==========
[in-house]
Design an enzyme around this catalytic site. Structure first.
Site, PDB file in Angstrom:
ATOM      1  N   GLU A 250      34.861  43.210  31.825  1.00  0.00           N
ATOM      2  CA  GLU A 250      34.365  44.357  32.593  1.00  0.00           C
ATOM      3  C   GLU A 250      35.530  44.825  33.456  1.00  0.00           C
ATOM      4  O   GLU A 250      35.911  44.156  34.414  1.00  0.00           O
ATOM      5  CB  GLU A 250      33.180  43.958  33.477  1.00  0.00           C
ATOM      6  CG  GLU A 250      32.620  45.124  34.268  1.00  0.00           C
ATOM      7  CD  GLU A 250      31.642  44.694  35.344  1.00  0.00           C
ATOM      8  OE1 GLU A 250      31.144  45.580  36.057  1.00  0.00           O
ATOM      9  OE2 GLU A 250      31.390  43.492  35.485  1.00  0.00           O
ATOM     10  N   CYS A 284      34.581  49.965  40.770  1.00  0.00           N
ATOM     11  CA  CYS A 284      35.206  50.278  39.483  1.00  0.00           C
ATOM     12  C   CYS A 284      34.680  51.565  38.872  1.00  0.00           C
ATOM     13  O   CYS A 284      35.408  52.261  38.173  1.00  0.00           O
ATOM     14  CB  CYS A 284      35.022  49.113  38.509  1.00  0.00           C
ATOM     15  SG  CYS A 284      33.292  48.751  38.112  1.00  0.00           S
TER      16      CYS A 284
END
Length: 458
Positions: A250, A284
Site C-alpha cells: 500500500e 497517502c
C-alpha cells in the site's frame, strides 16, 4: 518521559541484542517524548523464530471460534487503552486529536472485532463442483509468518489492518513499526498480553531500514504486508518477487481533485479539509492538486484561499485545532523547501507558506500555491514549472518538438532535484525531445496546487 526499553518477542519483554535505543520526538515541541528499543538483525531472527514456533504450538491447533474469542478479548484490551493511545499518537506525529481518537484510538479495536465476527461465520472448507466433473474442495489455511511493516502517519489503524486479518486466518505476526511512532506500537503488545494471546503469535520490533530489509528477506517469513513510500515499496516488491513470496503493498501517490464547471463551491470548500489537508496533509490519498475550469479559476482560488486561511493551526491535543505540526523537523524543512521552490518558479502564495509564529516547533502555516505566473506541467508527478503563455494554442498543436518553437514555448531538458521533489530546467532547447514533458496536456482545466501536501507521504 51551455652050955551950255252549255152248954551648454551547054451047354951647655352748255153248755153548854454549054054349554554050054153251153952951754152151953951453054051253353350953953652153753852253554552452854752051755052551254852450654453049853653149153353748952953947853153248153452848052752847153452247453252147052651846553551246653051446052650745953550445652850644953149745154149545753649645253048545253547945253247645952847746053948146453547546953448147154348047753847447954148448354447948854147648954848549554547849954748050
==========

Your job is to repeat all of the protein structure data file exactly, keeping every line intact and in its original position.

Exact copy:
[in-house]
Design an enzyme around this catalytic site. Structure first.
Site, PDB file in Angstrom:
ATOM      1  N   GLU A 250      34.861  43.210  31.825  1.00  0.00           N
ATOM      2  CA  GLU A 250      34.365  44.357  32.593  1.00  0.00           C
ATOM      3  C   GLU A 250      35.530  44.825  33.456  1.00  0.00           C
ATOM      4  O   GLU A 250      35.911  44.156  34.414  1.00  0.00           O
ATOM      5  CB  GLU A 250      33.180  43.958  33.477  1.00  0.00           C
ATOM      6  CG  GLU A 250      32.620  45.124  34.268  1.00  0.00           C
ATOM      7  CD  GLU A 250      31.642  44.694  35.344  1.00  0.00           C
ATOM      8  OE1 GLU A 250      31.144  45.580  36.057  1.00  0.00           O
ATOM      9  OE2 GLU A 250      31.390  43.492  35.485  1.00  0.00           O
ATOM     10  N   CYS A 284      34.581  49.965  40.770  1.00  0.00           N
ATOM     11  CA  CYS A 284      35.206  50.278  39.483  1.00  0.00           C
ATOM     12  C   CYS A 284      34.680  51.565  38.872  1.00  0.00           C
ATOM     13  O   CYS A 284      35.408  52.261  38.173  1.00  0.00           O
ATOM     14  CB  CYS A 284      35.022  49.113  38.509  1.00  0.00           C
ATOM     15  SG  CYS A 284      33.292  48.751  38.112  1.00  0.00           S
TER      16      CYS A 284
END
Length: 458
Positions: A250, A284
Site C-alpha cells: 500500500e 497517502c
C-alpha cells in the site's frame, strides 16, 4: 518521559541484542517524548523464530471460534487503552486529536472485532463442483509468518489492518513499526498480553531500514504486508518477487481533485479539509492538486484561499485545532523547501507558506500555491514549472518538438532535484525531445496546487 526499553518477542519483554535505543520526538515541541528499543538483525531472527514456533504450538491447533474469542478479548484490551493511545499518537506525529481518537484510538479495536465476527461465520472448507466433473474442495489455511511493516502517519489503524486479518486466518505476526511512532506500537503488545494471546503469535520490533530489509528477506517469513513510500515499496516488491513470496503493498501517490464547471463551491470548500489537508496533509490519498475550469479559476482560488486561511493551526491535543505540526523537523524543512521552490518558479502564495509564529516547533502555516505566473506541467508527478503563455494554442498543436518553437514555448531538458521533489530546467532547447514533458496536456482545466501536501507521504 51551455652050955551950255252549255152248954551648454551547054451047354951647655352748255153248755153548854454549054054349554554050054153251153952951754152151953951453054051253353350953953652153753852253554552452854752051755052551254852450654453049853653149153353748952953947853153248153452848052752847153452247453252147052651846553551246653051446052650745953550445652850644953149745154149545753649645253048545253547945253247645952847746053948146453547546953448147154348047753847447954148448354447948854147648954848549554547849954748050